Feds, the time is quickly approaching when you’ll have to choose a health insurance plan for next year. Fed Times would like to talk to you about what is most important to you in choosing a plan. Do you look for a plan with a low premium or a low deductible? Does coverage for a particular medical condition or physician or prescription influence your choice?
If you are willing to discuss your decision with us, please contact Markie Harwood. Thanks.
September 28th, 2012 at 9:41 am
In choosing my FEHBP, I make a thorough cost/benefit analysis. All factors are weighed and considered in the following order: premium, catastrophic limits, hospital coverage, prescription coverage, co-insurance amounts, deductible amounts, choice of doctors, and lastly, the overall consumer satisfaction with the chosen health plan. In other words, I assume the worst case scenario, ie. catastrophe, in order to protect my assets. All of the plan carriers are good, but some are better than others. Their viability, ie. solvency, is most likely reflected by their premium. The higher the premium, the more financial problems they have and the likelihood is greater that you will have problems in getting them to pay claims. I am a retired letter carrier and seem to always narrow down my choice between BCBS Standard and NALC. IMO, NALC is superior because the coverage is essentially equal, but the premium is lower. BCBS may be the overall “gold standard,” but NALC beats ‘em on lower premium and fantastic customer service. Having had BCBS in the past, they will question you about “additional coverage” B4 paying a claim, while NALC will assume your honesty and never hassle you. Give NALC a look.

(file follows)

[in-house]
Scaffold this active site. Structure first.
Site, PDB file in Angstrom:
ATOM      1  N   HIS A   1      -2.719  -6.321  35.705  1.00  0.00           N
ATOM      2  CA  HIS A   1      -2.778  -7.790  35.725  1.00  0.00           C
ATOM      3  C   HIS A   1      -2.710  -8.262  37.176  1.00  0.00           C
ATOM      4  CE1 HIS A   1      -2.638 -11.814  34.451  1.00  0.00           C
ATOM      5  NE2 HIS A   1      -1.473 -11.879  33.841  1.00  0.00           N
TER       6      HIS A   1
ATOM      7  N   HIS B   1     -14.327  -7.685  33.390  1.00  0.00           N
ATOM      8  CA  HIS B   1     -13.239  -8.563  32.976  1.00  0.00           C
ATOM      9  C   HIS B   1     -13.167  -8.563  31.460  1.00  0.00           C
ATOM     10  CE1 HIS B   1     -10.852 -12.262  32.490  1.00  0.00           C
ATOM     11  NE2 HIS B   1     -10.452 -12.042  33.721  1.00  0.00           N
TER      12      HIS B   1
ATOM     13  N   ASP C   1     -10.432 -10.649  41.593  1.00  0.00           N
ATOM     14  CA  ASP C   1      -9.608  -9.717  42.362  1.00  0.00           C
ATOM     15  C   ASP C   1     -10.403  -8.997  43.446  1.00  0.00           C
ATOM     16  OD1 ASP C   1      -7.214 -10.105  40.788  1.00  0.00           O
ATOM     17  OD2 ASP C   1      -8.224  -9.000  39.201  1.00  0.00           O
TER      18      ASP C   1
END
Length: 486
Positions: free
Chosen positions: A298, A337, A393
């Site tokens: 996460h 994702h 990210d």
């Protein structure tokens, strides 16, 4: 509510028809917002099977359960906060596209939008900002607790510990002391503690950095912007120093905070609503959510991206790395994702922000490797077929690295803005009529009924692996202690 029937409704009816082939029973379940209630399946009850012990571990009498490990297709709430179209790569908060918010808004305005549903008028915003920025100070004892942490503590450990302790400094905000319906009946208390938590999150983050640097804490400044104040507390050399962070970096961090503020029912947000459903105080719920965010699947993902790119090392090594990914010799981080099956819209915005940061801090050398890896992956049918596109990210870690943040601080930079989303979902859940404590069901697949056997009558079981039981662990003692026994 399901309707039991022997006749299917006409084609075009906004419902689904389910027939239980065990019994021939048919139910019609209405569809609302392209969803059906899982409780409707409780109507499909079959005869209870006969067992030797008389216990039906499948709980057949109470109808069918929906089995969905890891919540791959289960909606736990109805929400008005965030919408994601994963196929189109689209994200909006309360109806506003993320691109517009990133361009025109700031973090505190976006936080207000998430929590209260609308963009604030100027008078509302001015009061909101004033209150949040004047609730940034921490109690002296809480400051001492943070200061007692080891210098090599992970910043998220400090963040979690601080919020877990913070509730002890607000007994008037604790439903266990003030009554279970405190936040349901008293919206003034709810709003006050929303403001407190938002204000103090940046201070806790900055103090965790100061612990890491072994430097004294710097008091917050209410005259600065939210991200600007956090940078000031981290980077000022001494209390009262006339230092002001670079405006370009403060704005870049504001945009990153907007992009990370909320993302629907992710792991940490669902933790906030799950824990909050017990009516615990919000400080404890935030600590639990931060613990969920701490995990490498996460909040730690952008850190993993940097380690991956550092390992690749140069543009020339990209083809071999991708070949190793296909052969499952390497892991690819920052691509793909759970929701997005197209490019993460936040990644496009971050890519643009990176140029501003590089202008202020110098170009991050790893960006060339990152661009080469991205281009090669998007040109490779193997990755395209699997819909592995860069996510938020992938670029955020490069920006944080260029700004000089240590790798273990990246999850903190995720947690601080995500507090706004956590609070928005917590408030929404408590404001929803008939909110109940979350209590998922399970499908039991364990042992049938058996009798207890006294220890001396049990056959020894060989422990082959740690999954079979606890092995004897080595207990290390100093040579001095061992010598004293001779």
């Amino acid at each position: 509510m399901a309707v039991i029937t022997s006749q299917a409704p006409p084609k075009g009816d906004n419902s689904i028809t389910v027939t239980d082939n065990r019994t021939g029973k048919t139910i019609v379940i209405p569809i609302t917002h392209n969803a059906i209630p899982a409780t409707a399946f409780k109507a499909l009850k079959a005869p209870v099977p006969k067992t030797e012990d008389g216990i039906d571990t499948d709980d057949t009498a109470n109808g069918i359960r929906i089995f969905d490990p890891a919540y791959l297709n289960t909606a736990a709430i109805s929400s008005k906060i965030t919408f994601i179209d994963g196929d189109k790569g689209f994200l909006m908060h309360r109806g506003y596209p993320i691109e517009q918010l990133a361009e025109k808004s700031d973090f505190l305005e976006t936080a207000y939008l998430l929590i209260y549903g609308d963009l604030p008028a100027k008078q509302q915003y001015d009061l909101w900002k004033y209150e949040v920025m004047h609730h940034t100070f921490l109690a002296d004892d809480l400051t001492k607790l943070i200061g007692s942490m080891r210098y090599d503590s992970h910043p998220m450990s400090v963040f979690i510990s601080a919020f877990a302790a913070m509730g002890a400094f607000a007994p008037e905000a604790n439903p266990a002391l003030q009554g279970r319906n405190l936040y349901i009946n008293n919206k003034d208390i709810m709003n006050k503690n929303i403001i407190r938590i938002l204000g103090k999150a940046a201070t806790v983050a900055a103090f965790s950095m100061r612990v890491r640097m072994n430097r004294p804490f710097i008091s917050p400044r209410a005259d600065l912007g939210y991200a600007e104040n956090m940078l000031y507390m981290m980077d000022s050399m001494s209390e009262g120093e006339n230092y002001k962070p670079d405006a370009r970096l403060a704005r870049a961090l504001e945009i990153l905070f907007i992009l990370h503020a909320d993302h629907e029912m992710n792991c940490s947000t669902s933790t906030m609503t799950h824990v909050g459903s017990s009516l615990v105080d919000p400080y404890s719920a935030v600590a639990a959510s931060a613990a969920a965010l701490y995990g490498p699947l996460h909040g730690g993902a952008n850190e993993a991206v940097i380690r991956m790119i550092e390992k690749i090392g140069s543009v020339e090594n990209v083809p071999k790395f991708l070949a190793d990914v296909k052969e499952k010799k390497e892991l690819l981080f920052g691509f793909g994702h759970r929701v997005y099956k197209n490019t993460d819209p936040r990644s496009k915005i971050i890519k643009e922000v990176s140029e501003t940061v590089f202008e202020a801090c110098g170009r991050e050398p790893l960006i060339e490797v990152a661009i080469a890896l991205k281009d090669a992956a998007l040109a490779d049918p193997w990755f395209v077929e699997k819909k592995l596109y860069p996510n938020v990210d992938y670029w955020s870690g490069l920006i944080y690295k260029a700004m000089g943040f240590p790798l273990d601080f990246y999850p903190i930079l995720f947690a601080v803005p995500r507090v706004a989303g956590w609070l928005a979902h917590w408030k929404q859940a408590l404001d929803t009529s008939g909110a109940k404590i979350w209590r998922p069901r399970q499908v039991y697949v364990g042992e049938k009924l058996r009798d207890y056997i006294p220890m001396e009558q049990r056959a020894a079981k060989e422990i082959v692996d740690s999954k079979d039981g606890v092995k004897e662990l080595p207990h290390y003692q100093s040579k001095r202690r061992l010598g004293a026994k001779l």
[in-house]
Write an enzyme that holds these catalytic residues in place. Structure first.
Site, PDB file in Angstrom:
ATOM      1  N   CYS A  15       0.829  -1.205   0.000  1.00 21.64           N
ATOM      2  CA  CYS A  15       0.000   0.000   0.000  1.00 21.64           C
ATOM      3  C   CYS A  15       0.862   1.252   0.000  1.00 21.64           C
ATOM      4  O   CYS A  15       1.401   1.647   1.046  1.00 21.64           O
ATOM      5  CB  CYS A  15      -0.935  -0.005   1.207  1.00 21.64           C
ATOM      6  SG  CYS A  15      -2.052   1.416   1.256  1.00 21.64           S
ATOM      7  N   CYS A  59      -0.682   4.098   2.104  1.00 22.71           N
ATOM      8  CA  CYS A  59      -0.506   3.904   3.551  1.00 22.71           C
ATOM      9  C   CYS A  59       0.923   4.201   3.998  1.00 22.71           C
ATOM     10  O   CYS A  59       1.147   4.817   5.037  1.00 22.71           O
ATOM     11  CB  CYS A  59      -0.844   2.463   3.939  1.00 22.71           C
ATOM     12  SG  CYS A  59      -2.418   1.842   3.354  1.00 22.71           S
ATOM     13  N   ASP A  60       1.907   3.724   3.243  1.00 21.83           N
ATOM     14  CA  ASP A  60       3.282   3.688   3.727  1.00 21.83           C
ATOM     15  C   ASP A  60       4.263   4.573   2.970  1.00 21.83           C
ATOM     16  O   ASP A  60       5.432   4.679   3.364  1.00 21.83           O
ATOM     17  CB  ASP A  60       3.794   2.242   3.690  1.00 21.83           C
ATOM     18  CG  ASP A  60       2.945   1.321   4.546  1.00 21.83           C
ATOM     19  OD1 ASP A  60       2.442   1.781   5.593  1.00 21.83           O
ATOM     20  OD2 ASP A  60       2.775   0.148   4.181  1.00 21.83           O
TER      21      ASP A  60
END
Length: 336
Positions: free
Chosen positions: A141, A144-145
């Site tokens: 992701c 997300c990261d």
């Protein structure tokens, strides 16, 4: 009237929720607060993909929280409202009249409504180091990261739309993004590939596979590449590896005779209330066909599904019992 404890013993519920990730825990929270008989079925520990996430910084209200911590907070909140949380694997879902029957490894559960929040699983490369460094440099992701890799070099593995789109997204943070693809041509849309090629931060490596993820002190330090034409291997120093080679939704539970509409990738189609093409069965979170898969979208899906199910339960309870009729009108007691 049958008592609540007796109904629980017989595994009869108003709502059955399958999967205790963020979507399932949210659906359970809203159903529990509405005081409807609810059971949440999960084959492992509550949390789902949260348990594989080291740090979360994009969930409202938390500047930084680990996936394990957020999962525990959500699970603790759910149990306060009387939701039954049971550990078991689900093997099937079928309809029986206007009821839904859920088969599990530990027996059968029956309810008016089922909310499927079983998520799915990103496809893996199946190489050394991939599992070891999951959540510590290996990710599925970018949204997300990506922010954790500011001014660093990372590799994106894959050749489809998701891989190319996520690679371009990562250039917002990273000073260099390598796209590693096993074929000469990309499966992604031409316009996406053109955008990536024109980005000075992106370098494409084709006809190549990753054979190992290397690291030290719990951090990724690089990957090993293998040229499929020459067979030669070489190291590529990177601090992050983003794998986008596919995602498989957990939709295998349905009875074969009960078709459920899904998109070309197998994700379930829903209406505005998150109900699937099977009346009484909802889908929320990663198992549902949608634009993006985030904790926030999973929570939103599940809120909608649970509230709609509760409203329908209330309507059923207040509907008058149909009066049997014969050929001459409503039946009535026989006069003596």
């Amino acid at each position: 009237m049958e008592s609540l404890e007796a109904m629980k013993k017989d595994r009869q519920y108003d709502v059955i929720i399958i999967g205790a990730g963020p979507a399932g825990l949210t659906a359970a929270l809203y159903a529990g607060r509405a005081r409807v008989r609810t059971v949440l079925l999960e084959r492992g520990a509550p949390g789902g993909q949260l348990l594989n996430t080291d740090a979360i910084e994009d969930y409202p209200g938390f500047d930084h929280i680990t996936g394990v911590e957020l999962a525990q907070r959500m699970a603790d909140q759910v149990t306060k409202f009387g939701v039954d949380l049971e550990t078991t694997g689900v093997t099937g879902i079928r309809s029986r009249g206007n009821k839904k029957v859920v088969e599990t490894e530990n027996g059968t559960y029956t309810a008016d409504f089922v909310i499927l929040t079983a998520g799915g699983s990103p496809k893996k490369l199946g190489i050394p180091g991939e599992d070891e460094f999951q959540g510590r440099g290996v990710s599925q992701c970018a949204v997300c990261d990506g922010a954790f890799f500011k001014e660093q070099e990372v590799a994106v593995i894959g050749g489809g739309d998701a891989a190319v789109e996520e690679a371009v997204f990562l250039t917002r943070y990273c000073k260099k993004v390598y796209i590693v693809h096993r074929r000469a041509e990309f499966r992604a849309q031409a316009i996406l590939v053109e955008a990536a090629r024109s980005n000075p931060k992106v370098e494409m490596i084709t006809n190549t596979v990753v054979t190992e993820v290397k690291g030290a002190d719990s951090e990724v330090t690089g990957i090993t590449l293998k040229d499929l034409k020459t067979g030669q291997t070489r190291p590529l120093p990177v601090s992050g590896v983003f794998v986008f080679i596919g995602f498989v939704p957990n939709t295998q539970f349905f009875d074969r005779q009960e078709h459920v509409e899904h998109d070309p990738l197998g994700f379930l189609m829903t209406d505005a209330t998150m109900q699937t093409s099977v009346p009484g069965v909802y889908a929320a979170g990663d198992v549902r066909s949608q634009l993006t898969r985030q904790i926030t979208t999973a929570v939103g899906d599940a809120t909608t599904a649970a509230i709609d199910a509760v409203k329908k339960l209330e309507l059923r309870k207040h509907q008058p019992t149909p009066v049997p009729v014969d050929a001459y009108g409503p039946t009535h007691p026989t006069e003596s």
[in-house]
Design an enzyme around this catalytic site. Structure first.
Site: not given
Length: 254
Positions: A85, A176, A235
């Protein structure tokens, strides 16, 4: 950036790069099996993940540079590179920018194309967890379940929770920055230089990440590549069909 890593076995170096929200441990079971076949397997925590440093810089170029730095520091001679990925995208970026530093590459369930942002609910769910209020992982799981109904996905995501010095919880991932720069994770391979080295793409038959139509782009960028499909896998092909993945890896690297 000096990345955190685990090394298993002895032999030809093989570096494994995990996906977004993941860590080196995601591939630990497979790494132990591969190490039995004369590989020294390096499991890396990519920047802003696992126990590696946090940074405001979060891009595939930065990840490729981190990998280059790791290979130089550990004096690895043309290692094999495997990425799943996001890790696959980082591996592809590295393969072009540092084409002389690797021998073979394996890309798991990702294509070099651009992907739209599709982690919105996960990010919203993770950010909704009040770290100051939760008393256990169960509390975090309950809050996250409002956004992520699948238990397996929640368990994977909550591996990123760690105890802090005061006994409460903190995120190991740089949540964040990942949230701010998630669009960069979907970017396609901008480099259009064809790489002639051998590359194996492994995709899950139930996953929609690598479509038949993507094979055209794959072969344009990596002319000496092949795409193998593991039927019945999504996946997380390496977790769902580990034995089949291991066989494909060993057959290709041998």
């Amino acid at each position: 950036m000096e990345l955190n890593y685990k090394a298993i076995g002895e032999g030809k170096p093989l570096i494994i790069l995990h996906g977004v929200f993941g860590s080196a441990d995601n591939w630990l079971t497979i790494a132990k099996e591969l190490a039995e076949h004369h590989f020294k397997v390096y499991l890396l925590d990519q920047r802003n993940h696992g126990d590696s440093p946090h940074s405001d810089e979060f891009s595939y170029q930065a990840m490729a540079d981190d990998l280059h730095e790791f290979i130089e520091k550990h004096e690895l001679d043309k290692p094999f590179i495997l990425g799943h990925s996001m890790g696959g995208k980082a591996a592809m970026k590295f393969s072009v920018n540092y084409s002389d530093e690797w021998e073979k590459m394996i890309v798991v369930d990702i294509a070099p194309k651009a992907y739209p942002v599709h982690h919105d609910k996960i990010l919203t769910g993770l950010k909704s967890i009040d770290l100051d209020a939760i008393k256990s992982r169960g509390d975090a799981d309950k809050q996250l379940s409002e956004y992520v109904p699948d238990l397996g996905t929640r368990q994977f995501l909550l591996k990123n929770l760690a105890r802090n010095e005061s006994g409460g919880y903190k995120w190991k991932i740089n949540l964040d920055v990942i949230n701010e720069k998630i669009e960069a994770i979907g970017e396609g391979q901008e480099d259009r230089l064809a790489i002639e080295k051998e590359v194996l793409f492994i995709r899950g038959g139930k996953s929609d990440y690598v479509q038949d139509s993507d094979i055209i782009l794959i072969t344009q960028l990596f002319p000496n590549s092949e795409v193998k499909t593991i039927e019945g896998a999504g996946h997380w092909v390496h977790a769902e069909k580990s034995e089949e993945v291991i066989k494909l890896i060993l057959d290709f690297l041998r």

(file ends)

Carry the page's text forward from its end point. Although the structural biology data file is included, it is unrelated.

Rob Good Says:
September 29th, 2012 at 5:39 pm
I use OPM site & Wash Consumer’s checkbook, online version of their Health Plan guide.
–make sure main Docs participate & search a pricey Rh arthritis drug cost RG